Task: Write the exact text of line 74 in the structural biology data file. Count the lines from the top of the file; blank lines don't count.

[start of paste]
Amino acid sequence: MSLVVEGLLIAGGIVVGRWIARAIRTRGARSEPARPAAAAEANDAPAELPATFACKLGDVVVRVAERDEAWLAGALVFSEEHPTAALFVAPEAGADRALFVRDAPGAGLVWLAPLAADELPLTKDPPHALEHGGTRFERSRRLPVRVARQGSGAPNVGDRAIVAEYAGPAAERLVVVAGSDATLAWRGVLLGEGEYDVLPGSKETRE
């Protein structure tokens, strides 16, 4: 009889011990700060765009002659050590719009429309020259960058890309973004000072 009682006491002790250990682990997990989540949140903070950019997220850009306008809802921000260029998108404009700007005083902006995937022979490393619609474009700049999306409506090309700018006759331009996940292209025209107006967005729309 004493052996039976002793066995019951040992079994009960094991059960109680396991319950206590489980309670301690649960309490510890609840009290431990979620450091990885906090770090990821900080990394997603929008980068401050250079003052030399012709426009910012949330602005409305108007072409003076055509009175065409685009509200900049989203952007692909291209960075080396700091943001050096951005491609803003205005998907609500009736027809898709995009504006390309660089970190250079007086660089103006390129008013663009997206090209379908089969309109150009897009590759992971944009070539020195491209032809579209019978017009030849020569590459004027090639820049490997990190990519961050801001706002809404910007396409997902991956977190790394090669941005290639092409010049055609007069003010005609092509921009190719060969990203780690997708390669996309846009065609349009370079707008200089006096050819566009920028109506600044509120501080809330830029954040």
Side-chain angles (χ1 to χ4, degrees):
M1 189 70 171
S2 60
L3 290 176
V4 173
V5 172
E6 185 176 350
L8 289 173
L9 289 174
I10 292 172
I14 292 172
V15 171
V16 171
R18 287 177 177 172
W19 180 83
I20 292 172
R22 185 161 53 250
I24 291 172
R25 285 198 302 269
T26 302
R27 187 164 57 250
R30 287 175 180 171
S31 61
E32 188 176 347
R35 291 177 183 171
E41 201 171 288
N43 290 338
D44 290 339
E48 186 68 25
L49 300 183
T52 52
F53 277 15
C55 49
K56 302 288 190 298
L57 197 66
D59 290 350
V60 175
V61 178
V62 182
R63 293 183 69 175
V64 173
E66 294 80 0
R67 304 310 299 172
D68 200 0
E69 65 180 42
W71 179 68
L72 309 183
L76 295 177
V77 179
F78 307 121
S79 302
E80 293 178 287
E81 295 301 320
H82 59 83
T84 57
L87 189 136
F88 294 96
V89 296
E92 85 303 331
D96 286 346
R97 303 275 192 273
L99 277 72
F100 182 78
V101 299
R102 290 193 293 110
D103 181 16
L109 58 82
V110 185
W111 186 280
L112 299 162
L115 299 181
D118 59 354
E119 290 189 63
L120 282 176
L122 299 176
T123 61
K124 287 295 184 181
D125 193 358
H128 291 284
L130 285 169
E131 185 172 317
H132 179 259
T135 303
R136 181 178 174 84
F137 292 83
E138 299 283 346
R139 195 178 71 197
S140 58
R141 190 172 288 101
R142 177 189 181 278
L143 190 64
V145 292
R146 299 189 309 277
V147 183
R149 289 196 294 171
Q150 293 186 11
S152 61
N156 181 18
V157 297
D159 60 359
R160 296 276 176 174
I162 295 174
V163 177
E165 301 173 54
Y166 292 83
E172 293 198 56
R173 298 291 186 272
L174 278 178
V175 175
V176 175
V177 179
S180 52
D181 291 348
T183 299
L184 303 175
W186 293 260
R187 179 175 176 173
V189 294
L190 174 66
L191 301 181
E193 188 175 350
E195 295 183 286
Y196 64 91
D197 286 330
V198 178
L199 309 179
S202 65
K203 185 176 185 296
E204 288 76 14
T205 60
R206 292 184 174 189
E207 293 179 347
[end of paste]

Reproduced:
D118 59 354